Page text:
Ask Dr. Levine | Relationship Advice

Zosia’s advice columnist, Irene S. Levine, PhD - a psychologist, professor of psychiatry at the NYU School of Medicine and award-winning journalist. She is widely considered the go-to expert on female friendship, and has been called the Dear Abby of Friendship.

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How Do I Address a Friend Slacking Off at Work?

How do I address a friend slacking off at work zosia advice column Irene Levine

Q:

Dear Dr. Levine,

I’ve recently been promoted at work and I’m now supervising a colleague who once was a peer. It feels like my co-worker is taking advantage of our friendship.

We used to work side-by-side on the same team and everything felt collegial. We always collaborated on projects seamlessly. Now when I ask for her help, she doesn’t seem to take me seriously. I also notice that she’s been spending more time texting on her personal cellphone and socializing with other staff than she did in the past.

I recently assigned her two discrete analytic tasks with deadlines set by managers above me. Not only did she fail to complete the tasks, she never even apologized for the delays. She brushed it off saying the work was taking longer than she anticipated. As a result, I had to spend a good part of my weekend playing catch-up to get the assignments completed on time.

My promotion seems to have really put a strain on our relationship and it almost feels as if my friend is purposely undermining me. How do I address her slacking off in her work?

Signed, Janice

Dr. Levine Says:

Dear Janice,

Congratulations on your promotion! Switching roles from a co-worker to being a supervisor is often tricky. Such a change is likely to be even more challenging if your friendship was a close one extending beyond the workplace.

My suggestion would be to explicitly formalize your new relationship at work by scheduling a one-on-one with your friend. Acknowledge that you value your friendship but simultaneously, explain that since you are now responsible for her performance as well as that of others on your team, you need to treat everyone equitably without showing any favoritism. Ask for her help in maintaining appropriate boundaries at work.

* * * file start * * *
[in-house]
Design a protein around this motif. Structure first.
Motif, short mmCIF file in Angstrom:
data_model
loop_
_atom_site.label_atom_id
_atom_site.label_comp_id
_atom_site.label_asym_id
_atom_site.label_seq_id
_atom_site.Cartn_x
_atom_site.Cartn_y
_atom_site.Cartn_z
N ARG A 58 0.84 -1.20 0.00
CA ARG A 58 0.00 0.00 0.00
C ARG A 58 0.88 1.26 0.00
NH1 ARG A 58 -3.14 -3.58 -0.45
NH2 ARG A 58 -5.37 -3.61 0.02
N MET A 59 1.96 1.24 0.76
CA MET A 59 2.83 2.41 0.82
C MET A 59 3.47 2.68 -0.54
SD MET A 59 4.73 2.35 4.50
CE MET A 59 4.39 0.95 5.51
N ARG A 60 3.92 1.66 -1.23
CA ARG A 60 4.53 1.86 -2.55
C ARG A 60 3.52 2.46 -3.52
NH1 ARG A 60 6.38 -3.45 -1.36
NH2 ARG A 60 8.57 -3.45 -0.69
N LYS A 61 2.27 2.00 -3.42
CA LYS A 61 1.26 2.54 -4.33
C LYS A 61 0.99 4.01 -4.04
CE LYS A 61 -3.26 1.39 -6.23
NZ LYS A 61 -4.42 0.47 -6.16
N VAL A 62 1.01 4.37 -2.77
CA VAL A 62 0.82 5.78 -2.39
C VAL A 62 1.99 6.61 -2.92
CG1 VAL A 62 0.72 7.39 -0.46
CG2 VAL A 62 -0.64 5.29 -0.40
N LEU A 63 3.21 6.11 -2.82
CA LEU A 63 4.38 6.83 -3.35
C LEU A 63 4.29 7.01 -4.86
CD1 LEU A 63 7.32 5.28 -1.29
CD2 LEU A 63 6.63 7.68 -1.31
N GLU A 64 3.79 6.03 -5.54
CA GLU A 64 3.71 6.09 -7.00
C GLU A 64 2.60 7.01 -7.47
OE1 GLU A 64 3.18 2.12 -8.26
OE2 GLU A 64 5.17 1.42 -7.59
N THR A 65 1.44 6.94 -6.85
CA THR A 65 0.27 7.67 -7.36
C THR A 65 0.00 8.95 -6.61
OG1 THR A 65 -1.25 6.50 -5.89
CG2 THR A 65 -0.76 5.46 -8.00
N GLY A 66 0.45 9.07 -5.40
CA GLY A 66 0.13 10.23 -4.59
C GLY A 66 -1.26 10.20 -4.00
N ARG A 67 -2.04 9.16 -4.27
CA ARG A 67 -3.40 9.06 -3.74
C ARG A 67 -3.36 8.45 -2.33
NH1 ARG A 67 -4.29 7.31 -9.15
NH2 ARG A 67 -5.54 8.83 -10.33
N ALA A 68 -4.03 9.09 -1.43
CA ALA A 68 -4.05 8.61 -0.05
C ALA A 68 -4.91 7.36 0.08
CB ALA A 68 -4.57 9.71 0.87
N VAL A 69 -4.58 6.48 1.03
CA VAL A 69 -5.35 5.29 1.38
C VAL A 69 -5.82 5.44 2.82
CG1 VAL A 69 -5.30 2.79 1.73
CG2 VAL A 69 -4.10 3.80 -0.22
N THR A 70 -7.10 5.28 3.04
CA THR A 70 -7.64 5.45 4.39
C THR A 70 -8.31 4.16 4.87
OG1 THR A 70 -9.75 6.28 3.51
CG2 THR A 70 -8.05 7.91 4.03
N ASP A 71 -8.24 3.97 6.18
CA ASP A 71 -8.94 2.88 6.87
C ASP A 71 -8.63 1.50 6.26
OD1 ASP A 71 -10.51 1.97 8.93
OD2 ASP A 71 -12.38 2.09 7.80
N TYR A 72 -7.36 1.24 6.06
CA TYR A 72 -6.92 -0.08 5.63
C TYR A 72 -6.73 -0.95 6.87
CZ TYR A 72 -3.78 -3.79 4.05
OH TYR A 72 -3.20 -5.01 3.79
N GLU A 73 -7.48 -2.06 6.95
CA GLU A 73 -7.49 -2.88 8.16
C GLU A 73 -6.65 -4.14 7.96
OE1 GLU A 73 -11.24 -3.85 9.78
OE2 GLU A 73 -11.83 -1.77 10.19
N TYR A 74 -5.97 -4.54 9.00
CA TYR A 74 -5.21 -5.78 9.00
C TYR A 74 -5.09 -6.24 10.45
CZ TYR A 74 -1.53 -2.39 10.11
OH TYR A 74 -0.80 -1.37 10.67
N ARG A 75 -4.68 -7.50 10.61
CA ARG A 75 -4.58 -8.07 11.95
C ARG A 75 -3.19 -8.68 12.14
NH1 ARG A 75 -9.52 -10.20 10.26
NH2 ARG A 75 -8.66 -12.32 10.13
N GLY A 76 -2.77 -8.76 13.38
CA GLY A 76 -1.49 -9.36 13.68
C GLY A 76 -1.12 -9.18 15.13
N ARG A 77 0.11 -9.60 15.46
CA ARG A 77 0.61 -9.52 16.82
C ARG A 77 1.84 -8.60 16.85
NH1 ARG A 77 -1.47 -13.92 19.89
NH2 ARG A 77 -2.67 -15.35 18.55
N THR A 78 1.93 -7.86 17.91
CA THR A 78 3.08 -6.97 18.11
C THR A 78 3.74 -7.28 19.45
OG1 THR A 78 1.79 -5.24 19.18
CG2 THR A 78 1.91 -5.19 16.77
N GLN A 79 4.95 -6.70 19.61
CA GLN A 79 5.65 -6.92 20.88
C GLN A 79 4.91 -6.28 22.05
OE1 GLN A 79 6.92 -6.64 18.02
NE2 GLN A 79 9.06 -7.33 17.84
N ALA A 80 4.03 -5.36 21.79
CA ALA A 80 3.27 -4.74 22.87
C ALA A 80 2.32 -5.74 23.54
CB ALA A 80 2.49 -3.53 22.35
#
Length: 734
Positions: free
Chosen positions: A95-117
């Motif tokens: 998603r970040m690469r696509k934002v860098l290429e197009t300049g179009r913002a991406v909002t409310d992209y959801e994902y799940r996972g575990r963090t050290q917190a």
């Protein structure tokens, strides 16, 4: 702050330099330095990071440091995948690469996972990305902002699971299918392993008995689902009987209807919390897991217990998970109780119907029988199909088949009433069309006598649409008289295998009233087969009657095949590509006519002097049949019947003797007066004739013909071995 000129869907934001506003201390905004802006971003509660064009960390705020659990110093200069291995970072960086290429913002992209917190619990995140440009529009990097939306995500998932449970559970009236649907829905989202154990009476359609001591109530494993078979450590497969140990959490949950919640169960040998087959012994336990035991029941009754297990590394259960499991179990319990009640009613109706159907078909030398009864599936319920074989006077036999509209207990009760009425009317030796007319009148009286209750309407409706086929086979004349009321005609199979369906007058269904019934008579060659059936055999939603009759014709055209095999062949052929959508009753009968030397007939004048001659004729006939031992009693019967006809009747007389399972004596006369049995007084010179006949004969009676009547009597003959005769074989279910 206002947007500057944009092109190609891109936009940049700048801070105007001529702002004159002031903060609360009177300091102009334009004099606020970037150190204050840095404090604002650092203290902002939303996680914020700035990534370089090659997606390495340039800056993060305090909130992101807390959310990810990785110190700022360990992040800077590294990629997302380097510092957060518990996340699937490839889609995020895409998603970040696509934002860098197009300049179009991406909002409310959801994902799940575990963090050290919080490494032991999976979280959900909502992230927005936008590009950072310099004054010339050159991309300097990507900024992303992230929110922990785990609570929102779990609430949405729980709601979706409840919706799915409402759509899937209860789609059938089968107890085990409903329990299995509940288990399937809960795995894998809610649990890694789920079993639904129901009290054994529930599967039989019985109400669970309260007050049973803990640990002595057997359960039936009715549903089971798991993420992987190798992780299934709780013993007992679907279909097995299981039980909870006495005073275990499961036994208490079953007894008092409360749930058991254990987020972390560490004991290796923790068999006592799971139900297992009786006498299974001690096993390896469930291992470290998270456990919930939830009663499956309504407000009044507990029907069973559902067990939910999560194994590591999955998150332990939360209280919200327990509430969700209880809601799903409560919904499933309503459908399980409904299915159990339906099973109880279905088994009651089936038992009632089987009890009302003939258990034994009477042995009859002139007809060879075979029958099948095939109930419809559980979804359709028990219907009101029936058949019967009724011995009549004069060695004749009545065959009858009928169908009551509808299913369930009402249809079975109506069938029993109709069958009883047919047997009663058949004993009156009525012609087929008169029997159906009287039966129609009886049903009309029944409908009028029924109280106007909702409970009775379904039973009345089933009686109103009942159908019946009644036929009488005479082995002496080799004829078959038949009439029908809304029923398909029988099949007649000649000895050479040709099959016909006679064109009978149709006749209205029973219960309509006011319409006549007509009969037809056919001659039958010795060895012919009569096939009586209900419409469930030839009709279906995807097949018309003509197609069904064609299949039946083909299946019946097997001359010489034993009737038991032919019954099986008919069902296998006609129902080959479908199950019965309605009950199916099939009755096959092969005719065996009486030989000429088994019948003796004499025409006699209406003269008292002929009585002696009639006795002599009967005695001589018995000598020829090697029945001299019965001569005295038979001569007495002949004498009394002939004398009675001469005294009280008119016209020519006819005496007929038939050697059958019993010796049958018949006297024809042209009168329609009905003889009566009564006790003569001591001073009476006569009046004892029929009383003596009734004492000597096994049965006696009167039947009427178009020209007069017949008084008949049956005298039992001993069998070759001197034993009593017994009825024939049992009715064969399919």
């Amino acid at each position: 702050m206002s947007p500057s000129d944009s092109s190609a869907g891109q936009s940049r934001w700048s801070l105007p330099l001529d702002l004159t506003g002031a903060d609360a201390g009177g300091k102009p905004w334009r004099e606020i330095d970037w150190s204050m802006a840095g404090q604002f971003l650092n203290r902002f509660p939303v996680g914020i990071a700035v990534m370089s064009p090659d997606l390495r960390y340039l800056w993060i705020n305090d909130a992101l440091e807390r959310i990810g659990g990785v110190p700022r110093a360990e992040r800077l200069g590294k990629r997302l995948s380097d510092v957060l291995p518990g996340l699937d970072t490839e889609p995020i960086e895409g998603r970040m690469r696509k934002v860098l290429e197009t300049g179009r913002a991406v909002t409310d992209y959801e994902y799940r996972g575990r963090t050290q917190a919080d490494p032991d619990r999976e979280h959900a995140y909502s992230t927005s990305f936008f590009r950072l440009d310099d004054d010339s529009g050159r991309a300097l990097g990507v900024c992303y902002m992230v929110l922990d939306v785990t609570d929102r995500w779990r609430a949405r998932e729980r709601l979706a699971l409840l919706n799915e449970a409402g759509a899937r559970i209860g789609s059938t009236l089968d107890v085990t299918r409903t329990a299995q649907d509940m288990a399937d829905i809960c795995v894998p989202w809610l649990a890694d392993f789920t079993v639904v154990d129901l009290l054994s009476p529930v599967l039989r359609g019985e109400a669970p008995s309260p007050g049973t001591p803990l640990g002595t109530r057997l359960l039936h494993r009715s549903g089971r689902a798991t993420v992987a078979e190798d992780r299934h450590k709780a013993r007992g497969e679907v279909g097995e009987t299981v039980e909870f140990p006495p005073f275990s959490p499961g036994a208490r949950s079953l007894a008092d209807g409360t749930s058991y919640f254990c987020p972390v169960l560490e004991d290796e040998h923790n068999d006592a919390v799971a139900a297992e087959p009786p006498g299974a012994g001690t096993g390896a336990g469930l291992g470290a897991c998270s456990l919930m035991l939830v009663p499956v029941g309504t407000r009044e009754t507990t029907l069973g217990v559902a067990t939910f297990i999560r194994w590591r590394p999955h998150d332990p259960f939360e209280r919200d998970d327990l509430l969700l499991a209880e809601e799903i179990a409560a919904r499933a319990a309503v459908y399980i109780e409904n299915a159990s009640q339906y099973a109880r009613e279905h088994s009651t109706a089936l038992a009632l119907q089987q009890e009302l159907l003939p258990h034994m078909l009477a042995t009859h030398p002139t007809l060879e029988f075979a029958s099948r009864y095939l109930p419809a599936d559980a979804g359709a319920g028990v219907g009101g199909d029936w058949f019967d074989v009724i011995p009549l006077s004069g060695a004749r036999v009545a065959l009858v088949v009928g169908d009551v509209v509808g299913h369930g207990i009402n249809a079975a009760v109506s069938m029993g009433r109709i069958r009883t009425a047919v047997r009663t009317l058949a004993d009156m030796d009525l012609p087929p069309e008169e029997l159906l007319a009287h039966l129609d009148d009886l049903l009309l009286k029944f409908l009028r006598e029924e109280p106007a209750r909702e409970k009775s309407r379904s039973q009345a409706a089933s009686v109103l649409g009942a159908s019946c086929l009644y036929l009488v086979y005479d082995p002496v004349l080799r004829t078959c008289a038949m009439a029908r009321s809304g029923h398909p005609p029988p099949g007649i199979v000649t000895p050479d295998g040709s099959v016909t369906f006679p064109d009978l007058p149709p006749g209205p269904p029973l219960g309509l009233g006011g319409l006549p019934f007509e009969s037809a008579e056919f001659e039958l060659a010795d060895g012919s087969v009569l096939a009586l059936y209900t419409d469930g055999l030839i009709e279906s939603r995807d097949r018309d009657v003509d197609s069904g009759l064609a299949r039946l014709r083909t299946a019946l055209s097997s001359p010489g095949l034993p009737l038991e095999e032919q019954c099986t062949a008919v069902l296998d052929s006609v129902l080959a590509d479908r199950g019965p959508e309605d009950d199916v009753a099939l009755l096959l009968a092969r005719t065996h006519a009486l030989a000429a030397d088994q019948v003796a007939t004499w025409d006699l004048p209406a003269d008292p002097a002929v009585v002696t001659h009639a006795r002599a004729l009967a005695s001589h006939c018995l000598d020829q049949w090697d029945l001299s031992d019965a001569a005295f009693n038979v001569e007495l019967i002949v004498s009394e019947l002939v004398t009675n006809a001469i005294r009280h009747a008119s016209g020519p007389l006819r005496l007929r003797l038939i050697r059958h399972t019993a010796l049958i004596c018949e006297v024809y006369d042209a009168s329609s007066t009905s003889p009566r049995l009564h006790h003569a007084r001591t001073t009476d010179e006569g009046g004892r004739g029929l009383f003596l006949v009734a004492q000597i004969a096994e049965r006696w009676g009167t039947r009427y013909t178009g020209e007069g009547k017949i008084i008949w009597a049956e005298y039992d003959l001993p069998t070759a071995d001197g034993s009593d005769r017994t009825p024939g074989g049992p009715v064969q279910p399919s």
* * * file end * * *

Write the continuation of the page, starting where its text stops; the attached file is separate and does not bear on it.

Recognize that this new way of relating will be an adjustment for you both. With time, the “slacking off” problem may, in fact, resolve itself and your friendship may turn out to be an asset rather than a liability. 

If problems persist, try to assess why they’re occurring. Could it be that you’re now viewing your friend’s performance through a different lens, and simply weren’t previously aware of her weaknesses/shortcomings? Or could it be that your friend still harbors some jealousy or resentment that she was passed over for a promotion she felt she deserved? If you continue to feel that your friend is taking advantage of you, point out specific infractions as they occur. Your friend may not even be aware of her transgressions.

This change in the relationship may feel like a loss to you as well. As a new supervisor, it might be helpful to share your concerns with your own boss or a trusted mentor, and seek advice on when and how to tackle this or any other personnel problems that crop up.

Because we typically spend so much time at work and already have much in common with co-workers, workplaces are often conducive to forging close friendships. While friendships can be a valuable perk of the workplace, remember your primary responsibility is to the employer who is signing your paycheck.

  • Chartz Gutierrez De Pineres/Unsplash

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